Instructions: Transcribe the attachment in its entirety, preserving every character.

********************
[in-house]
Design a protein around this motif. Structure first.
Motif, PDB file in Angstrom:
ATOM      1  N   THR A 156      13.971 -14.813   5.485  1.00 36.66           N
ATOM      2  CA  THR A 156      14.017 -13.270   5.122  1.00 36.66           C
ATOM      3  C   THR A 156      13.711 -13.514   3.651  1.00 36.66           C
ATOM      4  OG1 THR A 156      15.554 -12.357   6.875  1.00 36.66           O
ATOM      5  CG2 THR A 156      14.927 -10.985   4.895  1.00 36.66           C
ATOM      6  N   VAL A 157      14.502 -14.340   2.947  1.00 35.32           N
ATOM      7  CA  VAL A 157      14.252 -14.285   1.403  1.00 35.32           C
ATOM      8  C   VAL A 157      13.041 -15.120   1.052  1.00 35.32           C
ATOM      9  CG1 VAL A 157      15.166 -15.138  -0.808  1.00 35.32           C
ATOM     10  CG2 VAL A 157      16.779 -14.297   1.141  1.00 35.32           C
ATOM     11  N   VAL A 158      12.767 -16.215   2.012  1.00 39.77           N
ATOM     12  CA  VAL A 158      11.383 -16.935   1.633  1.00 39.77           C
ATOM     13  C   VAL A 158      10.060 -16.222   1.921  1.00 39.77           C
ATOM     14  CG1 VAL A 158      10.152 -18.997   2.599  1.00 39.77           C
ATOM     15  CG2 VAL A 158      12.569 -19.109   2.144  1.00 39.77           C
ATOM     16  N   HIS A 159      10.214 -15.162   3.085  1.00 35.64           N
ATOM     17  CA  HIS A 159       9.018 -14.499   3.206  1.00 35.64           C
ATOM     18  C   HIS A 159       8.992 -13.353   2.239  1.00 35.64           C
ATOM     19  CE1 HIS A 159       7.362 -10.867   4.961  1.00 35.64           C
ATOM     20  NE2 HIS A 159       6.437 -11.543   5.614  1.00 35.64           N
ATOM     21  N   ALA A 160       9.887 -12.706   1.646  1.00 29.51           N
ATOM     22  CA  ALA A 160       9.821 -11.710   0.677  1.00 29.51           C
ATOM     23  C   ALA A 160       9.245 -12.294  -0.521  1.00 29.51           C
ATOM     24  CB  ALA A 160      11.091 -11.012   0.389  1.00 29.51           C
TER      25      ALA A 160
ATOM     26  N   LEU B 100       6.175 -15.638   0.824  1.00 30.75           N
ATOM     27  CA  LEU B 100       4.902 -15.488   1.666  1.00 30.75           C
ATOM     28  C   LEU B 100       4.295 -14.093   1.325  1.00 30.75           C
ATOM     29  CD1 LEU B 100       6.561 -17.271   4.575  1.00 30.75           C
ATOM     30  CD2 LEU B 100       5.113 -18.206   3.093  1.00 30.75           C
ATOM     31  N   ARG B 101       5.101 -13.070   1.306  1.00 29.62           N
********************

[in-house]
Design a protein around this motif. Structure first.
Motif, PDB file in Angstrom:
ATOM      1  N   THR A 156      13.971 -14.813   5.485  1.00 36.66           N
ATOM      2  CA  THR A 156      14.017 -13.270   5.122  1.00 36.66           C
ATOM      3  C   THR A 156      13.711 -13.514   3.651  1.00 36.66           C
ATOM      4  OG1 THR A 156      15.554 -12.357   6.875  1.00 36.66           O
ATOM      5  CG2 THR A 156      14.927 -10.985   4.895  1.00 36.66           C
ATOM      6  N   VAL A 157      14.502 -14.340   2.947  1.00 35.32           N
ATOM      7  CA  VAL A 157      14.252 -14.285   1.403  1.00 35.32           C
ATOM      8  C   VAL A 157      13.041 -15.120   1.052  1.00 35.32           C
ATOM      9  CG1 VAL A 157      15.166 -15.138  -0.808  1.00 35.32           C
ATOM     10  CG2 VAL A 157      16.779 -14.297   1.141  1.00 35.32           C
ATOM     11  N   VAL A 158      12.767 -16.215   2.012  1.00 39.77           N
ATOM     12  CA  VAL A 158      11.383 -16.935   1.633  1.00 39.77           C
ATOM     13  C   VAL A 158      10.060 -16.222   1.921  1.00 39.77           C
ATOM     14  CG1 VAL A 158      10.152 -18.997   2.599  1.00 39.77           C
ATOM     15  CG2 VAL A 158      12.569 -19.109   2.144  1.00 39.77           C
ATOM     16  N   HIS A 159      10.214 -15.162   3.085  1.00 35.64           N
ATOM     17  CA  HIS A 159       9.018 -14.499   3.206  1.00 35.64           C
ATOM     18  C   HIS A 159       8.992 -13.353   2.239  1.00 35.64           C
ATOM     19  CE1 HIS A 159       7.362 -10.867   4.961  1.00 35.64           C
ATOM     20  NE2 HIS A 159       6.437 -11.543   5.614  1.00 35.64           N
ATOM     21  N   ALA A 160       9.887 -12.706   1.646  1.00 29.51           N
ATOM     22  CA  ALA A 160       9.821 -11.710   0.677  1.00 29.51           C
ATOM     23  C   ALA A 160       9.245 -12.294  -0.521  1.00 29.51           C
ATOM     24  CB  ALA A 160      11.091 -11.012   0.389  1.00 29.51           C
TER      25      ALA A 160
ATOM     26  N   LEU B 100       6.175 -15.638   0.824  1.00 30.75           N
ATOM     27  CA  LEU B 100       4.902 -15.488   1.666  1.00 30.75           C
ATOM     28  C   LEU B 100       4.295 -14.093   1.325  1.00 30.75           C
ATOM     29  CD1 LEU B 100       6.561 -17.271   4.575  1.00 30.75           C
ATOM     30  CD2 LEU B 100       5.113 -18.206   3.093  1.00 30.75           C
ATOM     31  N   ARG B 101       5.101 -13.070   1.306  1.00 29.62           N